The ensemble of “I Was Most Alive with You”. Photo Credit: Joan Marcus.

The ensemble of “I Was Most Alive with You”. Photo Credit: Joan Marcus.

 

I Was Most Alive with You” (New Play, Playwrights Horizons): the notable achievement of Craig Lucas’ new play, “I Was Most Alive with You”, is its ambition to be fully accessible for hearing and deaf and hard-of-hearing audiences alike.  Every member of its ensemble cast is shadowed, on a mezzanine above the stage-level setting, by deaf actor performing the role in American Sign Language.  Subtitles are employed when the hearing actors sign, and GalaPro technology allows for the entire play to be subtitled on one’s smart phone in real time.  This production marks an important step forward in acknowledging the hearing bias embedded in nearly all live performance by making a play with deaf characters for a deaf audience. 

As for the play itself, “I Was Most Alive with You” is a seismic drama of Biblical and mythic themes, at once a traditional Thanksgiving dinner play and a re-telling of the Book of Job.  Presented as a mostly-imagined reconstruction of events, the play is an archeological dig of family trauma, love, and loss, and a thoughtful examination of the power of the human heart to endure, change, and choose.  It opens on a workroom where television writing partners (and maybe more) Ash (Michael Gaston) and Astrid (Marianna Bassham) meet to begin their next project, which fast becomes a dramatic recounting of the prior Thanksgiving and its aftermath in which Ash’s son Knox (Russell Harvard, who is simply ravishing and heartbreaking), a deaf, gay, recovering alcoholic and drug addict, lost his hand in a car accident with his drug-addicted boyfriend Farhad (Tad Cooley); Ash’s mother, Carla (Lois Smith), revealed she was dying from cancer and had lost the family fortune to a Ponzi scheme; and Ash’s distant wife, Pleasant (Lisa Emery), walked out on him and Knox to prevent herself from dying more than she already had.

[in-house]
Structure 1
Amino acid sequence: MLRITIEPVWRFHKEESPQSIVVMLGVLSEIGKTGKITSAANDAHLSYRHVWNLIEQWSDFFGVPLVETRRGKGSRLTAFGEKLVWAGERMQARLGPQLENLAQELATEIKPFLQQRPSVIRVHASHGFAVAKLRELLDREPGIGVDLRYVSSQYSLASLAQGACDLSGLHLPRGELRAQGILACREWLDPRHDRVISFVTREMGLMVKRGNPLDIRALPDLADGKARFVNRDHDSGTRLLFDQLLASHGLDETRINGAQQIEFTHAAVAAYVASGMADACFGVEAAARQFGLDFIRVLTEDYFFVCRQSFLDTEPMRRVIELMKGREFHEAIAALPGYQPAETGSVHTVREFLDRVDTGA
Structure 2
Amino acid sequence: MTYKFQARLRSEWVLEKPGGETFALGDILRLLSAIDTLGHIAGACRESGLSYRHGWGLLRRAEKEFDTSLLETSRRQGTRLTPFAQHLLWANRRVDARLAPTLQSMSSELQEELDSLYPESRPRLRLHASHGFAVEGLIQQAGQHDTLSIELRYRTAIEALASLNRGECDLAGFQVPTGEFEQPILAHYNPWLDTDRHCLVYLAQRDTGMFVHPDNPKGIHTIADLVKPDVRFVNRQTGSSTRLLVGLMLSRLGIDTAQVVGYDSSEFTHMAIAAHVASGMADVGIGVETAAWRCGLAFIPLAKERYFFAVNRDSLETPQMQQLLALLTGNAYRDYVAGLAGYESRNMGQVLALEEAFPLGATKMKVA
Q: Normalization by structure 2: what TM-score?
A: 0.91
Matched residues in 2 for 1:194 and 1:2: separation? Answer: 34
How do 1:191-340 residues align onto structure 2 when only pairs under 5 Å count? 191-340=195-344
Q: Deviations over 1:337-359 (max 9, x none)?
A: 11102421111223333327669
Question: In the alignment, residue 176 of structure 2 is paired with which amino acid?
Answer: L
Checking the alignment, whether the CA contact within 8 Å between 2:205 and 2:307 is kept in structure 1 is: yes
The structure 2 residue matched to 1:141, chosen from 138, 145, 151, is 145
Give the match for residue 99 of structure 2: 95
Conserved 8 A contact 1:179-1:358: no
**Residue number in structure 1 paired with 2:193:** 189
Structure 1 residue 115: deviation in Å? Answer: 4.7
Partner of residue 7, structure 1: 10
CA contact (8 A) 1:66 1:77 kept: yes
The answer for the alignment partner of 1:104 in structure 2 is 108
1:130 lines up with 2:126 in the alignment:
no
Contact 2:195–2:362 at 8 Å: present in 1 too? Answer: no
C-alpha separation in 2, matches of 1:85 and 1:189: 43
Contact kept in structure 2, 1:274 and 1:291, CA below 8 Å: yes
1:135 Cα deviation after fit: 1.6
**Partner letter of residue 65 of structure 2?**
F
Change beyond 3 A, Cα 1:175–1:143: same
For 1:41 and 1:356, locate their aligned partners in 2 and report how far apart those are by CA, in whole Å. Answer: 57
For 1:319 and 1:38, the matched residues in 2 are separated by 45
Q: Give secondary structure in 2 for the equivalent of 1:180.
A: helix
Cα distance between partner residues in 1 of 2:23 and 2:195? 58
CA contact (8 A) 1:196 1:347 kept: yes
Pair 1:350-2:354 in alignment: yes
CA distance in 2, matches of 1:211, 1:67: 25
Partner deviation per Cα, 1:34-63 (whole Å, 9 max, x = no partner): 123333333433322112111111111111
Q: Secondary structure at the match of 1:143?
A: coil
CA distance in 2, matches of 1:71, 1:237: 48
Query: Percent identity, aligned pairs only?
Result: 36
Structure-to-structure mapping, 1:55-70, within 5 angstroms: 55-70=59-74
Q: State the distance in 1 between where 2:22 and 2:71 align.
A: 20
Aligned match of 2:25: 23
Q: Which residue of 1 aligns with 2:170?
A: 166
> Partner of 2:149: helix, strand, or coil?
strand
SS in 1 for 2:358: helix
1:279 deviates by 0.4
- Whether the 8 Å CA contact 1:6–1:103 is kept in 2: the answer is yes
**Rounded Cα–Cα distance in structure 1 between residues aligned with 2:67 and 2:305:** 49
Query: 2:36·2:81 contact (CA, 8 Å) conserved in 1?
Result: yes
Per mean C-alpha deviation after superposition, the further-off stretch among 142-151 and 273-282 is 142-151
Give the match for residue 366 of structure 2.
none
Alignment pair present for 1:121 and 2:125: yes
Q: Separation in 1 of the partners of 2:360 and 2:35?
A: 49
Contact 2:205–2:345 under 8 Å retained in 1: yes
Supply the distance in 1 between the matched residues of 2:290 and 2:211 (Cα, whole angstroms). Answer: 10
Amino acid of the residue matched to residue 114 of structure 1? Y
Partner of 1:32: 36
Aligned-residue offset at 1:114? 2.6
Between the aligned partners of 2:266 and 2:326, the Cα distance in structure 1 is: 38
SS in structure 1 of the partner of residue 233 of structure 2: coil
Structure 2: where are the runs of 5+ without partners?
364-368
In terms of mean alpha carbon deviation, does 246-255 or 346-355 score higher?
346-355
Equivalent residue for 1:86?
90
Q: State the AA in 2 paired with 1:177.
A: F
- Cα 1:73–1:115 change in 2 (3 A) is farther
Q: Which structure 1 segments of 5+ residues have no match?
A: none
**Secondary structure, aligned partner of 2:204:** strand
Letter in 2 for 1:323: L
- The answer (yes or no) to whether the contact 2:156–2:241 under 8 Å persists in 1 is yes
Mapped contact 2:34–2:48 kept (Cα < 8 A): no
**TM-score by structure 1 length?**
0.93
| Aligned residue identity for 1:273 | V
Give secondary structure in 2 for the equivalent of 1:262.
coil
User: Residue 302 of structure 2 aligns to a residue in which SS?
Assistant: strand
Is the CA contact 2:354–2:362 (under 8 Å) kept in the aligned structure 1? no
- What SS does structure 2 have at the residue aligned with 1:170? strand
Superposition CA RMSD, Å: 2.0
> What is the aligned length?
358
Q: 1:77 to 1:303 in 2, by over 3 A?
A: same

If that feels like a lot, that is the point.  Writers have the rare opportunity to create a story that they alone have the power to control; life, on the other hand, is ripe with powerlessness and unpredictability.  The characters of “I Was Most Alive with You” grapple with their differences in ability, religion, race, gender, and age on one fateful Thanksgiving, and ultimately demonstrate the many varied facets of coping with life’s misfortunes: from resignation to creation, and possibly destruction.  Mr. Lucas purposefully sets out to tackle an abundance of strife in this tautly written drama, but poignant moments throughout fail to amount to a satisfying whole, and too much of his dialogue is unmoored from time or else unrealistically dense with wisdom and therapy, no doubt springing from his own journey through recovery from addiction.  Opened September 24th; runs through October 14th at Playwright’s Horizons’ Mainstage Theatre.  Discount Tickets.

tl;dr for October 9th

tl;dr for October 1st